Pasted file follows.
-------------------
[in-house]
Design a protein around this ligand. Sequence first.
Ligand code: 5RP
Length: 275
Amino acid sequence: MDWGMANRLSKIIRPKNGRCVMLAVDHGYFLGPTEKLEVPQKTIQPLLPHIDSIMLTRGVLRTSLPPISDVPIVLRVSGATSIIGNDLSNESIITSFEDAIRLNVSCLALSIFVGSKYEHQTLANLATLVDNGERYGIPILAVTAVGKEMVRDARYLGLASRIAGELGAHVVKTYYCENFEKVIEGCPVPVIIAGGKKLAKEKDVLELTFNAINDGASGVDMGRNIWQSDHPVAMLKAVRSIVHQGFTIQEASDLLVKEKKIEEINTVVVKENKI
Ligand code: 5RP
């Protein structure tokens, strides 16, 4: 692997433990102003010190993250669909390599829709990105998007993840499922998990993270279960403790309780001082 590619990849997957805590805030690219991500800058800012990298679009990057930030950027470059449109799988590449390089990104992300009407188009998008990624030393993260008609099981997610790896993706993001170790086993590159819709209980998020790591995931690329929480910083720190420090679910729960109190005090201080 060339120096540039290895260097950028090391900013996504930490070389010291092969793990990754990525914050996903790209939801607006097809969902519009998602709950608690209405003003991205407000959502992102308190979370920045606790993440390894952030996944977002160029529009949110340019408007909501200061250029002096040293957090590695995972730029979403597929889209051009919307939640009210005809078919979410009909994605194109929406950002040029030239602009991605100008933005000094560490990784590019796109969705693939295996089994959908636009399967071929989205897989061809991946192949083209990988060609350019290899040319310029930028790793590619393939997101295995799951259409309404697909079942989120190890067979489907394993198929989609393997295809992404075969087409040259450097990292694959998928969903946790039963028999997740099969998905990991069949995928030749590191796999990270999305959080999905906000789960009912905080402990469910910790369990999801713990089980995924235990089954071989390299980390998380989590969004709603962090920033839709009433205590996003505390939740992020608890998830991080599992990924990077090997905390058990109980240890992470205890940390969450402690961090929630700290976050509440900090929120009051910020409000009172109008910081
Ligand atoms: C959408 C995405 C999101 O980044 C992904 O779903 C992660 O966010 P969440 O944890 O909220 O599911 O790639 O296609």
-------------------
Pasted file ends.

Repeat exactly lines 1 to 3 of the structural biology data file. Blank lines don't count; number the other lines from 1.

[in-house]
Design a protein around this ligand. Sequence first.
Ligand code: 5RP